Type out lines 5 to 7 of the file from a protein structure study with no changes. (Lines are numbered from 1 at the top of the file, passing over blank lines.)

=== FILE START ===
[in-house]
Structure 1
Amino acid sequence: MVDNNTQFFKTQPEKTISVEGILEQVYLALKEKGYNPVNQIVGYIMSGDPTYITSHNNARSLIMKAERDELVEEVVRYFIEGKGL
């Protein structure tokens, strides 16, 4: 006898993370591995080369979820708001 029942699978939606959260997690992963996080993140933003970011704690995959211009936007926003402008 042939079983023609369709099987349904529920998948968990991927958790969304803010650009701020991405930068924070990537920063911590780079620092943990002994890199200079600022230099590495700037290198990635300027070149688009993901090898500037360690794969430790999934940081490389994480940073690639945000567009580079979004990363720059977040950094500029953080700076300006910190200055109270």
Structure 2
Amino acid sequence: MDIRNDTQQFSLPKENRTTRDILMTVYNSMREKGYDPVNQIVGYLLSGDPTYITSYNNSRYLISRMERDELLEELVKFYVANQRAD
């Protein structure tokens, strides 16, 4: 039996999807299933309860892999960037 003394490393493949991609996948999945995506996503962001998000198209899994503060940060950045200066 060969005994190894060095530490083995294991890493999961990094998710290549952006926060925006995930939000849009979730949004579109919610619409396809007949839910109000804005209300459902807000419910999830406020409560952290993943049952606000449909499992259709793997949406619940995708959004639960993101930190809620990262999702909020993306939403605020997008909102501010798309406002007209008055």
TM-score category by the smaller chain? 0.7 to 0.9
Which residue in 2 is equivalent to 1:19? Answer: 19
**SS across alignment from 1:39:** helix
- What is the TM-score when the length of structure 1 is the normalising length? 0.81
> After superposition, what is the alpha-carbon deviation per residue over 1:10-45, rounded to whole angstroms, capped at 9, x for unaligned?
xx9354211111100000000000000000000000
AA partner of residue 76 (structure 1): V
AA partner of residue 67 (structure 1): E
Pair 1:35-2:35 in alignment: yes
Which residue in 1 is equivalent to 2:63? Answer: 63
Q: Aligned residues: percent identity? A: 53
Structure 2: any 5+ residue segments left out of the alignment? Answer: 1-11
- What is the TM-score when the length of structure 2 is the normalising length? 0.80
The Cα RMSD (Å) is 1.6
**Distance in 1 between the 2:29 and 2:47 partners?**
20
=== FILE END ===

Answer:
Structure 2
Amino acid sequence: MDIRNDTQQFSLPKENRTTRDILMTVYNSMREKGYDPVNQIVGYLLSGDPTYITSYNNSRYLISRMERDELLEELVKFYVANQRAD
């Protein structure tokens, strides 16, 4: 039996999807299933309860892999960037 003394490393493949991609996948999945995506996503962001998000198209899994503060940060950045200066 060969005994190894060095530490083995294991890493999961990094998710290549952006926060925006995930939000849009979730949004579109919610619409396809007949839910109000804005209300459902807000419910999830406020409560952290993943049952606000449909499992259709793997949406619940995708959004639960993101930190809620990262999702909020993306939403605020997008909102501010798309406002007209008055």